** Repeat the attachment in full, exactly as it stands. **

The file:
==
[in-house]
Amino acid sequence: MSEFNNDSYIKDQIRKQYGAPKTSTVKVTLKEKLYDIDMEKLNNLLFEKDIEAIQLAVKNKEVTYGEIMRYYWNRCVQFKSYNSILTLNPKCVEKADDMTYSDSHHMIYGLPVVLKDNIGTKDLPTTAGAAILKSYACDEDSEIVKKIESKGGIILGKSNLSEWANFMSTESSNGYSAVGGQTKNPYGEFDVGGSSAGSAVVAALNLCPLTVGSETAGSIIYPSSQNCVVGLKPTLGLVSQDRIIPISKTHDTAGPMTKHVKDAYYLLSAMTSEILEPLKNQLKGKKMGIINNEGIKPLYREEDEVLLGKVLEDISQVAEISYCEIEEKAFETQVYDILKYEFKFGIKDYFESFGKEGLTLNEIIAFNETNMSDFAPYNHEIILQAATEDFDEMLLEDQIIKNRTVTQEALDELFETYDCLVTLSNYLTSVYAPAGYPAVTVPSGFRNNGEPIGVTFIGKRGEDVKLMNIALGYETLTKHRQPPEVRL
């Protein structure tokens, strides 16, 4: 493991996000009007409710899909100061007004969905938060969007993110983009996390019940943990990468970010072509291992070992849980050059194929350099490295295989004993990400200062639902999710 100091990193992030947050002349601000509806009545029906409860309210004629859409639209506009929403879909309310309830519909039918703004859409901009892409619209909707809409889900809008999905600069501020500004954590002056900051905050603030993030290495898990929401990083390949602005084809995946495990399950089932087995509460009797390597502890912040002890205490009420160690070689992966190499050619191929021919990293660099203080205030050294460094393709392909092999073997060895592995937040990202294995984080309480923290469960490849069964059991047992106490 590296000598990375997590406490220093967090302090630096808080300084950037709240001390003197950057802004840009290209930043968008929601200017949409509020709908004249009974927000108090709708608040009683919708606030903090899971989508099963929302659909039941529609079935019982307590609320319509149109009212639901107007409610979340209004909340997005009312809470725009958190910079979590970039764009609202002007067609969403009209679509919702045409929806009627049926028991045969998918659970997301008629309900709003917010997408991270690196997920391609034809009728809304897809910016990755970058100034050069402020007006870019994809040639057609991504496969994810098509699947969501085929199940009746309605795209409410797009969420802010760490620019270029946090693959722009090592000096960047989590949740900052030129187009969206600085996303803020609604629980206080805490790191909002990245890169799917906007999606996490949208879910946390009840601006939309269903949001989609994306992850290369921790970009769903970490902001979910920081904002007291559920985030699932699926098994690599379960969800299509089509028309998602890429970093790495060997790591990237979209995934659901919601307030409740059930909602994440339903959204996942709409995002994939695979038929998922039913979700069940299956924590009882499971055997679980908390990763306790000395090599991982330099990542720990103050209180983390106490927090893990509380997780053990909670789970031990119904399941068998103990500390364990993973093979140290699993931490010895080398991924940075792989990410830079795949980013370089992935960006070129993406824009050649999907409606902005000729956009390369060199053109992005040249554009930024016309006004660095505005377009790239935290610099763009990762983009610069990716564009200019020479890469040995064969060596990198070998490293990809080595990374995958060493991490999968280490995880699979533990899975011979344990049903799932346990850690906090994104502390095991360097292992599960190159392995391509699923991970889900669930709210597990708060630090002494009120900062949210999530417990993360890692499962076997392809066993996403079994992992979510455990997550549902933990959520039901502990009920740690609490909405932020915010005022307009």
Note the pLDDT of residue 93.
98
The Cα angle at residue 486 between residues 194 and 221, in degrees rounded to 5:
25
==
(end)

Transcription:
[in-house]
Amino acid sequence: MSEFNNDSYIKDQIRKQYGAPKTSTVKVTLKEKLYDIDMEKLNNLLFEKDIEAIQLAVKNKEVTYGEIMRYYWNRCVQFKSYNSILTLNPKCVEKADDMTYSDSHHMIYGLPVVLKDNIGTKDLPTTAGAAILKSYACDEDSEIVKKIESKGGIILGKSNLSEWANFMSTESSNGYSAVGGQTKNPYGEFDVGGSSAGSAVVAALNLCPLTVGSETAGSIIYPSSQNCVVGLKPTLGLVSQDRIIPISKTHDTAGPMTKHVKDAYYLLSAMTSEILEPLKNQLKGKKMGIINNEGIKPLYREEDEVLLGKVLEDISQVAEISYCEIEEKAFETQVYDILKYEFKFGIKDYFESFGKEGLTLNEIIAFNETNMSDFAPYNHEIILQAATEDFDEMLLEDQIIKNRTVTQEALDELFETYDCLVTLSNYLTSVYAPAGYPAVTVPSGFRNNGEPIGVTFIGKRGEDVKLMNIALGYETLTKHRQPPEVRL
């Protein structure tokens, strides 16, 4: 493991996000009007409710899909100061007004969905938060969007993110983009996390019940943990990468970010072509291992070992849980050059194929350099490295295989004993990400200062639902999710 100091990193992030947050002349601000509806009545029906409860309210004629859409639209506009929403879909309310309830519909039918703004859409901009892409619209909707809409889900809008999905600069501020500004954590002056900051905050603030993030290495898990929401990083390949602005084809995946495990399950089932087995509460009797390597502890912040002890205490009420160690070689992966190499050619191929021919990293660099203080205030050294460094393709392909092999073997060895592995937040990202294995984080309480923290469960490849069964059991047992106490 590296000598990375997590406490220093967090302090630096808080300084950037709240001390003197950057802004840009290209930043968008929601200017949409509020709908004249009974927000108090709708608040009683919708606030903090899971989508099963929302659909039941529609079935019982307590609320319509149109009212639901107007409610979340209004909340997005009312809470725009958190910079979590970039764009609202002007067609969403009209679509919702045409929806009627049926028991045969998918659970997301008629309900709003917010997408991270690196997920391609034809009728809304897809910016990755970058100034050069402020007006870019994809040639057609991504496969994810098509699947969501085929199940009746309605795209409410797009969420802010760490620019270029946090693959722009090592000096960047989590949740900052030129187009969206600085996303803020609604629980206080805490790191909002990245890169799917906007999606996490949208879910946390009840601006939309269903949001989609994306992850290369921790970009769903970490902001979910920081904002007291559920985030699932699926098994690599379960969800299509089509028309998602890429970093790495060997790591990237979209995934659901919601307030409740059930909602994440339903959204996942709409995002994939695979038929998922039913979700069940299956924590009882499971055997679980908390990763306790000395090599991982330099990542720990103050209180983390106490927090893990509380997780053990909670789970031990119904399941068998103990500390364990993973093979140290699993931490010895080398991924940075792989990410830079795949980013370089992935960006070129993406824009050649999907409606902005000729956009390369060199053109992005040249554009930024016309006004660095505005377009790239935290610099763009990762983009610069990716564009200019020479890469040995064969060596990198070998490293990809080595990374995958060493991490999968280490995880699979533990899975011979344990049903799932346990850690906090994104502390095991360097292992599960190159392995391509699923991970889900669930709210597990708060630090002494009120900062949210999530417990993360890692499962076997392809066993996403079994992992979510455990997550549902933990959520039901502990009920740690609490909405932020915010005022307009």
Note the pLDDT of residue 93.
98
The Cα angle at residue 486 between residues 194 and 221, in degrees rounded to 5:
25